Hi and welcome to this week’s Lez Liberty Lit!
At the Creative Independent, astrologer Chani Nichols discussed the link between astrology and storytelling, being a mess, knowing your audience, taking up space as a queer person and more:
“What I learned from some of the elders in the queer community—whether they’re Black feminists, indigenous feminists, POC feminists—informed everything that I am. It informed how I see the world and everything that I write. If it’s any good, it has someone’s teaching in it that I’ve gratefully received. So my queerness, I mean it should be clear: I think we have to push back against the currents that are trying to sweep us up and say, ‘Fuck this. This is actually the way I need to take up space in the world.’ Even if we can’t take up that space externally, for safety reasons, I think it’s really important if we allow ourselves to take up that space internally. Astrology supports that, because it only ever speaks to your essence in a nonjudgmental way. So as queer folks living in this place in history we need these systems of knowledge that support our understanding of ourselves to say, ‘You are you. This is exactly what was meant for you. This is exactly who you’re supposed to be.'”
“How do we grieve a natural world we always thought would be ours? How does such grief on a mass scale mirror the little griefs we’ve always known? Crissy Van Meter tackles these questions and more in her debut novel, Creatures, an atmospheric, literary tale with elements of magic realism,” writes Rebecca Renner in a review at Electric Literature.
The Bluest Eye was published 50 years ago this year. At the New Yorker, Hilton Als writes about Toni Morrison’s vision, the legacy of The Bluest Eye, placing black girls at the center of the story, and finding himself in the text:
“I held on to every bit of hope I could find. I felt Pecola’s predicament in the pit of my stomach not because folks thought I was ugly but because I knew that, in my small, working-class West Indian community in Brooklyn, my sexuality was considered ugly. My black world then (and, to be frank, it hasn’t changed much) defined itself by the rules of heterosexuality, and one of the few things its inhabitants could agree on was how spiritually abhorrent gay people were—at best, objects of derision. I felt as trapped in Brooklyn as Pecola did in Lorain. I didn’t have a dream of blue eyes, but I did dream of a world full of culture and artists to which I would one day belong, if, like Toni Morrison, I wrote books. I would try to write a perfect book, like Morrison’s first novel, but in my version the character of Soaphead Church—a celibate gay West Indian who Pecola believes has conjured up her blue eyes—wouldn’t be yet another manifestation of black American prejudice against West Indian difference. Instead, he would fall in love, and maybe prosper, and not live his life as an outsider. In short, I would try to overturn what the society in “The Bluest Eye” said lay in store for me: a kind of madness. This understanding, of course, took many years to form, because I didn’t know back then that gay men could find ways to love one another, let alone themselves. I didn’t grow up at a time when you talked about the problem of not seeing yourself in books or of “negative” portrayals; you hunted and dug for the characters and metaphors that mattered to you, and that was the fun—and the reward—of reading and looking at pictures.”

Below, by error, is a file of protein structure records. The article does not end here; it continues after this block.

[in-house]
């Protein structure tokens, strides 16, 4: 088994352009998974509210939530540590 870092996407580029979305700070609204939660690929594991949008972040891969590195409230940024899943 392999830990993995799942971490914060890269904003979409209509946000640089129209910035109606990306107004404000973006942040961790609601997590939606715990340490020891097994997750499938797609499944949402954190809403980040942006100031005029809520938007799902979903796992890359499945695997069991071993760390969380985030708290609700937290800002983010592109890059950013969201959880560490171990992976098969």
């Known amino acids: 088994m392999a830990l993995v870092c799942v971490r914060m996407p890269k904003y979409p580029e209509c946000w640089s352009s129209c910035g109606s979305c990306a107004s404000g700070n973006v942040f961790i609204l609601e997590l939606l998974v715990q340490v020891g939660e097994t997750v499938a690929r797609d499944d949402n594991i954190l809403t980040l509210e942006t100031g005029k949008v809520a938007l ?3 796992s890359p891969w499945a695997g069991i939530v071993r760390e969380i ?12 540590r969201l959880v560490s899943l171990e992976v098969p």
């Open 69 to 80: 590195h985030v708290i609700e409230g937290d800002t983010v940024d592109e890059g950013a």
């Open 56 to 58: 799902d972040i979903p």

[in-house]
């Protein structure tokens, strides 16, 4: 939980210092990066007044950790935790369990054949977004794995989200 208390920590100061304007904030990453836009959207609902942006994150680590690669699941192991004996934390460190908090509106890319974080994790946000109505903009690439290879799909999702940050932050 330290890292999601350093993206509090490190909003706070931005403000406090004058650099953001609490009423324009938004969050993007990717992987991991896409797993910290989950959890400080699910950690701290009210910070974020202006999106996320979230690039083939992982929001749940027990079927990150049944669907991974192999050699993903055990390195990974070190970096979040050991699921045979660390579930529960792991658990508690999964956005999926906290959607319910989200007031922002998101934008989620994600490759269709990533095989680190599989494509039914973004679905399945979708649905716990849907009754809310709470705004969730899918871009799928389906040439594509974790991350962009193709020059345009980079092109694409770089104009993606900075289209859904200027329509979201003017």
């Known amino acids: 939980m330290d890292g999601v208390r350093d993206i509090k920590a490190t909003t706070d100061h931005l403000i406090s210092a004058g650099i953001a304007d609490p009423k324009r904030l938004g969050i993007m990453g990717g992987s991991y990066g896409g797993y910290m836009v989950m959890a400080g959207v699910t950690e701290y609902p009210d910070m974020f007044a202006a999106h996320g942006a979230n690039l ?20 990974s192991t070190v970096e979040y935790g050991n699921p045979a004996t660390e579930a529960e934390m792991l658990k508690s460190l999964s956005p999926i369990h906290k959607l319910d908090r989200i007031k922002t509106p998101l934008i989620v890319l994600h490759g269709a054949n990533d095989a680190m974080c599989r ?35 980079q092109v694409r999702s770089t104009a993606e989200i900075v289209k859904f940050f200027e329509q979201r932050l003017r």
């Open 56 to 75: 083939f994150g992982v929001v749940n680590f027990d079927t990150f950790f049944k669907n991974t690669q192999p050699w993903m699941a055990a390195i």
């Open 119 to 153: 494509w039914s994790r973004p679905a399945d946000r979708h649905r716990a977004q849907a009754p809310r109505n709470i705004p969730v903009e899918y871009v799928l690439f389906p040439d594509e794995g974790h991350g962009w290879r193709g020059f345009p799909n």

Here’s how not to write a book review. Here’s how white writers profit from Mexican pain. Here’s more about what’s terrible about American Dirt — it’s reckless, careless, and rooted in stereotypes designed to appeal to the white gaze. If you only read one review of it, read Myriam Gurba’s:
“Jeanine Cummins narco-novel, American Dirt, is a literary licuado that tastes like its title. Cummins plops overly-ripe Mexican stereotypes, among them the Latin lover, the suffering mother, and the stoic manchild, into her wannabe realist prose. Toxic heteroromanticism gives the sludge an arc and because the white gaze taints her prose, Cummins positions the United States of America as a magnetic sanctuary, a beacon toward which the story’s chronology chugs.”
“What if all books were scented to reflect their contents? Kind of like smell-o-vision, but for reading.” Here’s what some classic books could smell like if that were a thing we were doing now.
Beth Piatote, author of The Beadworkers, spoke to Electric Literature on Nez Perce aesthetics, structural variety, contemporary and future Native American literature and more.